Send this to a friend
Of agents of intellectual monopolies
For those who are new to this, Mccreevy is actually seen as a troublemaker for his attempt — whether deliberate and informed or not — to bring software patents to Europe. Sadly, this commissioner appears to be wreaking havoc also on the copyrights front. We rarely discuss these issue in this Web site (sometimes we do [1, 2, 3, 4, 5), but a few others like Larry Lessig and Glyn Moody definitely know how much political manipulation is involved here. Bribery isn't unusual, either. In response to the latest push, Moody writes:
Copyright is supposed to provide an *incentive* to create, not a *reward* for having created. Increasing the term of copyright protection will not suddenly make ageing rockers more creative. Moreover, the prospect of an extra 45 years’ protection is highly unlikely to make young rockers rush out and create more. So this is a pure loss for the public domain. Thanks for nothing, Charlie.
At this worrisome pace, DMCA will take over every single country. Software patents are another serious issue that not only threatens Europe. Another ugly thing to consider is government snooping, often justified using alarming words like “terrorism” and “paedophiles”. Here is a report from Germany:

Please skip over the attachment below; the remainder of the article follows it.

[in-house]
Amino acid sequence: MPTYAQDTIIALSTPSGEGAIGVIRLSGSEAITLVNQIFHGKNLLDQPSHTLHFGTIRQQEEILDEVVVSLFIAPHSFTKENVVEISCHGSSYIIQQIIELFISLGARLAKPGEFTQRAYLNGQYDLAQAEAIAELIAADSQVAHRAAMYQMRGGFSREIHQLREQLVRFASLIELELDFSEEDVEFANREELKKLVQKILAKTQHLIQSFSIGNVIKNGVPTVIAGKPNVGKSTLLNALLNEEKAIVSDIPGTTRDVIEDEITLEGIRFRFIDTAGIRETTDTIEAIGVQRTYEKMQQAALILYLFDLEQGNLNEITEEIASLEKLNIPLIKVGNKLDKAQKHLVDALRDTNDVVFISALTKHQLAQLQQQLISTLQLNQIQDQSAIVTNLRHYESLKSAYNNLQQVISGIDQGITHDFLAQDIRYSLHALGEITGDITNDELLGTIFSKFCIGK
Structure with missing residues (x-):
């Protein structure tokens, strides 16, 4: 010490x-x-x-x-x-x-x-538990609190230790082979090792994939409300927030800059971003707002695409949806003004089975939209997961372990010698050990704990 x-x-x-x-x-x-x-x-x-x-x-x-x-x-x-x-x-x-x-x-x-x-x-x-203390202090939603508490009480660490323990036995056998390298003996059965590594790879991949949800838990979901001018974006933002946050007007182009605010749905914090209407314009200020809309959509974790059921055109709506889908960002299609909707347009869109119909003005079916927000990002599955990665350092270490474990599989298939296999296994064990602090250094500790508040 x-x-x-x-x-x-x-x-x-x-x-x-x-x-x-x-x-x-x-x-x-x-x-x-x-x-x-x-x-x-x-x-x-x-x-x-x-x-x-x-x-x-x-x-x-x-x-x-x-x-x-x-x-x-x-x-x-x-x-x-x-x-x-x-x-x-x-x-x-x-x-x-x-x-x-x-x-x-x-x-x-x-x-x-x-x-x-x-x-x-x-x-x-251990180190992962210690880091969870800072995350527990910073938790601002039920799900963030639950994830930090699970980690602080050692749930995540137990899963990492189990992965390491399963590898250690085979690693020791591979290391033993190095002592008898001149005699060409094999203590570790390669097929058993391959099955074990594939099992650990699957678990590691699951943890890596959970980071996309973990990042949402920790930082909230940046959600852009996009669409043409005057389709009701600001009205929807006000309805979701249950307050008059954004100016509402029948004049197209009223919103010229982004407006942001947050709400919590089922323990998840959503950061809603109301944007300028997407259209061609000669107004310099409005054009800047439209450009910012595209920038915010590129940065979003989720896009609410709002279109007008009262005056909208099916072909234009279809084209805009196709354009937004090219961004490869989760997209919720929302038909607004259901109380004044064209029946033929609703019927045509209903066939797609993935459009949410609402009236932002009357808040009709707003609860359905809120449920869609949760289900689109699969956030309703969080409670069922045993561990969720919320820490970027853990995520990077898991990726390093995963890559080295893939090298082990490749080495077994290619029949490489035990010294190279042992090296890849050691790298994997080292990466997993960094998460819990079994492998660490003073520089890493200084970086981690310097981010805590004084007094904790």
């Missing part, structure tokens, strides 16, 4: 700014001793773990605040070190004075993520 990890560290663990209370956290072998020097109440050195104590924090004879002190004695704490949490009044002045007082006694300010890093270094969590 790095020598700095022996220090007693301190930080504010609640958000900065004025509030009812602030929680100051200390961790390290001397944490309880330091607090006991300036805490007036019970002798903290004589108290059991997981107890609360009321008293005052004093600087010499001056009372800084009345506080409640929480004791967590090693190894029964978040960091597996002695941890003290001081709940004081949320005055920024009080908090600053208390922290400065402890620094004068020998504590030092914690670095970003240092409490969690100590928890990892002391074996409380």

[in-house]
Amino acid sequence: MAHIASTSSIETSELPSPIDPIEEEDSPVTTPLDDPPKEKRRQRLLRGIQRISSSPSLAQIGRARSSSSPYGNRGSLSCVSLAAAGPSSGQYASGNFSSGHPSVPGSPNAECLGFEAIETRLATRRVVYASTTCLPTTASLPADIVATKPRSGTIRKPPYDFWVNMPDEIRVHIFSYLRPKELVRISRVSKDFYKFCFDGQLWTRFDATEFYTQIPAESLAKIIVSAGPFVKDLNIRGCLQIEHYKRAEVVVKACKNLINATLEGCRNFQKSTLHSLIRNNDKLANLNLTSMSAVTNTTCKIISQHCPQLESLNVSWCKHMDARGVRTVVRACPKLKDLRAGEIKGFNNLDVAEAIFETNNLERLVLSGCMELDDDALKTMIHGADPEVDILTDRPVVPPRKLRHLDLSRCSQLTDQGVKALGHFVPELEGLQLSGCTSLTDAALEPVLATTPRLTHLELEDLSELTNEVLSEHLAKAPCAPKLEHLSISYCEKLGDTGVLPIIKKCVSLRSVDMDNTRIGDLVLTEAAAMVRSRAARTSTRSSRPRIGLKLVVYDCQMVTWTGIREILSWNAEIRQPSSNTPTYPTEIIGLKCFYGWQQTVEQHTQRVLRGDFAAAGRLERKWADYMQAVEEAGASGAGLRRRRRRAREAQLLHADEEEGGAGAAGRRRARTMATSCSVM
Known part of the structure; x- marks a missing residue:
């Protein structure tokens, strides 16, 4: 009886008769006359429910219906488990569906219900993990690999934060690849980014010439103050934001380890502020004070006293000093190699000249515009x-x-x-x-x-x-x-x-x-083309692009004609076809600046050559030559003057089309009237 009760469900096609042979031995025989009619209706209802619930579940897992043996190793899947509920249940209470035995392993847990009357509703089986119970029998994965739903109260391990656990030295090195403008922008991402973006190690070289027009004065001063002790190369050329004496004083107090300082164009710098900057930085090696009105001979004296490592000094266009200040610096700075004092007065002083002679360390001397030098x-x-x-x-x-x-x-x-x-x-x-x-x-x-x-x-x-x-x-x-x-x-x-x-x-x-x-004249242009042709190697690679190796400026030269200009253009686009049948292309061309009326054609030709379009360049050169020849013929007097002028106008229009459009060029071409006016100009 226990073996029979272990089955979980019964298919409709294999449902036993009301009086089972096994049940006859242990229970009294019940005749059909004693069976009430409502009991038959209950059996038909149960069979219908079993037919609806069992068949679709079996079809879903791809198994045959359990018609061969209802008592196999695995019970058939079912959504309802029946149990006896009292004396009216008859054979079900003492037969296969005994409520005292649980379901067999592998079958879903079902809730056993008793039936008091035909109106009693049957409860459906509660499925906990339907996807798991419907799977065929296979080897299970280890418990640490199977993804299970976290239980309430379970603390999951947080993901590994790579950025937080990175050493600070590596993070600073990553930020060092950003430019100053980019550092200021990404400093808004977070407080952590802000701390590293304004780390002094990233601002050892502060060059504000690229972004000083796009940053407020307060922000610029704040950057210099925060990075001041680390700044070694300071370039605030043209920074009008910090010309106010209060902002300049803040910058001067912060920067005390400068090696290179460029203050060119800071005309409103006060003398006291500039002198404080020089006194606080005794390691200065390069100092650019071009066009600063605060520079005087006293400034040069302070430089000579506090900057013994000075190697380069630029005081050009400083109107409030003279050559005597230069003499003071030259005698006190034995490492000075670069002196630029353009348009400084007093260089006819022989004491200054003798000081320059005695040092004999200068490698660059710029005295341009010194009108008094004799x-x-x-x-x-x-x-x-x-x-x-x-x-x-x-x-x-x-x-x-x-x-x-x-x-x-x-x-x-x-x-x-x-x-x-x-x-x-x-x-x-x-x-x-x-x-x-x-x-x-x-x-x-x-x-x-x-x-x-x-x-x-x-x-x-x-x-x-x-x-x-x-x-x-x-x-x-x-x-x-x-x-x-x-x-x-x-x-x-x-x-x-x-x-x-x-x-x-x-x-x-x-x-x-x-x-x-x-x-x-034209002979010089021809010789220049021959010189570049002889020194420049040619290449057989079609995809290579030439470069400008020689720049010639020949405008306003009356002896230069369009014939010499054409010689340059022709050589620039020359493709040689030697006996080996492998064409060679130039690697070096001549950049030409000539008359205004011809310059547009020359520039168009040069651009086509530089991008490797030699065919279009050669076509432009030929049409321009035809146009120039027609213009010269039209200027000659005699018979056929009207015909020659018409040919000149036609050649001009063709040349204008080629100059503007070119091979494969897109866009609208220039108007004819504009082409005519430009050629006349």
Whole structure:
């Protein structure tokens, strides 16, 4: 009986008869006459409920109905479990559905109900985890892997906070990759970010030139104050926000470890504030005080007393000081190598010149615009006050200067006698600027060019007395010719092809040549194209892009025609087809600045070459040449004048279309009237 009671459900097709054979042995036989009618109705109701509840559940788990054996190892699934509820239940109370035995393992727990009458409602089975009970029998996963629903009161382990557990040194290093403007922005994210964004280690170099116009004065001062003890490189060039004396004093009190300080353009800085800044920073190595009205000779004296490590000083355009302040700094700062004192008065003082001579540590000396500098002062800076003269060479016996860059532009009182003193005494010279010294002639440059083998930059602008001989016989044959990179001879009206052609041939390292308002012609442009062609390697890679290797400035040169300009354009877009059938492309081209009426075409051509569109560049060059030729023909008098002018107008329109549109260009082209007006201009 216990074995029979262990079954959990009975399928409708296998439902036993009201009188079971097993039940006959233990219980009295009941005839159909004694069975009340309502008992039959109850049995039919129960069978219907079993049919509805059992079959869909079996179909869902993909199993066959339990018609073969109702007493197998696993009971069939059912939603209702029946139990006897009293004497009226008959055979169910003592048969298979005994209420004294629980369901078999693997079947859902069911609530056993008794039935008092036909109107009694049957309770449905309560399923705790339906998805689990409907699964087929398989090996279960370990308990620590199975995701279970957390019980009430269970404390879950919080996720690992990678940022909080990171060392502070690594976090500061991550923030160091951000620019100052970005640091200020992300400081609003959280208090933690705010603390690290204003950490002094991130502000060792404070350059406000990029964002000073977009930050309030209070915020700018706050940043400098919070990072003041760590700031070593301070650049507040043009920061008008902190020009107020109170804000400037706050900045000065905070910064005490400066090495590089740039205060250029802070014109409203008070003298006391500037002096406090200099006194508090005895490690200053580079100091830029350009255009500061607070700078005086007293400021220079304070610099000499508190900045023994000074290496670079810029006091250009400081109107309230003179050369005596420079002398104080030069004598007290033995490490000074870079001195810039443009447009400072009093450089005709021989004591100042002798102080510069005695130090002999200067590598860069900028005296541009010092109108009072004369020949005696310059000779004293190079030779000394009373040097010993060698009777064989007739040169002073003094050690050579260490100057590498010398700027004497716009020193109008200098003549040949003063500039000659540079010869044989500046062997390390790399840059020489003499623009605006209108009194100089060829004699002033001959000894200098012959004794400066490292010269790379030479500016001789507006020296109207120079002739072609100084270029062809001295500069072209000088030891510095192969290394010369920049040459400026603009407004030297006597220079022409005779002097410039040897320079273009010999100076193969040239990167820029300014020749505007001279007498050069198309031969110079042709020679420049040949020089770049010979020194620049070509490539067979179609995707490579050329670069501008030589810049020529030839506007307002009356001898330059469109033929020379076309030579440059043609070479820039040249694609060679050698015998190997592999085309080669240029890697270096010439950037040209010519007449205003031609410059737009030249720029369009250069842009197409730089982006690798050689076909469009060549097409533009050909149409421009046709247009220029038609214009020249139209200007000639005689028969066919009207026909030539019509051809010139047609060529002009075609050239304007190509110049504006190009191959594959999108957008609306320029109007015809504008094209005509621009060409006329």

The American Civil Liberties Union (ACLU) has filed suit against the US government to protest the new Federal Intelligence Surveillance Act (FISA) recently passed by Congress. The civil rights organisation believes that the far-reaching authority granted by the Act, which has now been signed by George W. Bush, is unconstitutional.
Nevertheless, the same broken laws are brought over to the United Kingdom. The government wants to archive all E-mails and phonecalls. Leaks, careless spendings, and misuse are — as usual — only to be expected.
A central database holding details of everyone’s phone calls and emails could be a “step too far for the British way of life”, ministers have been warned.
Going back to copyrights again, this one article about copyrights versus preservation is worth a look.
Although digital works are ubiquitous and easily duplicated, they also are ephemeral and are at risk of disappearing unless preservation efforts begin soon after they are created, according to a study by the Library of Congress and three international partners.
Libraries, archives and other institutions currently are hampered in preserving these materials by copyright laws geared toward more persistent, physical works. The study recommended that laws permit preservation institutions to preserve works according to international best practices, which includes making copies for administrative and technical purposes, migrating works to different formats as technology changes, and maintaining backup copies in multiple institutions to protect against catastrophic loss.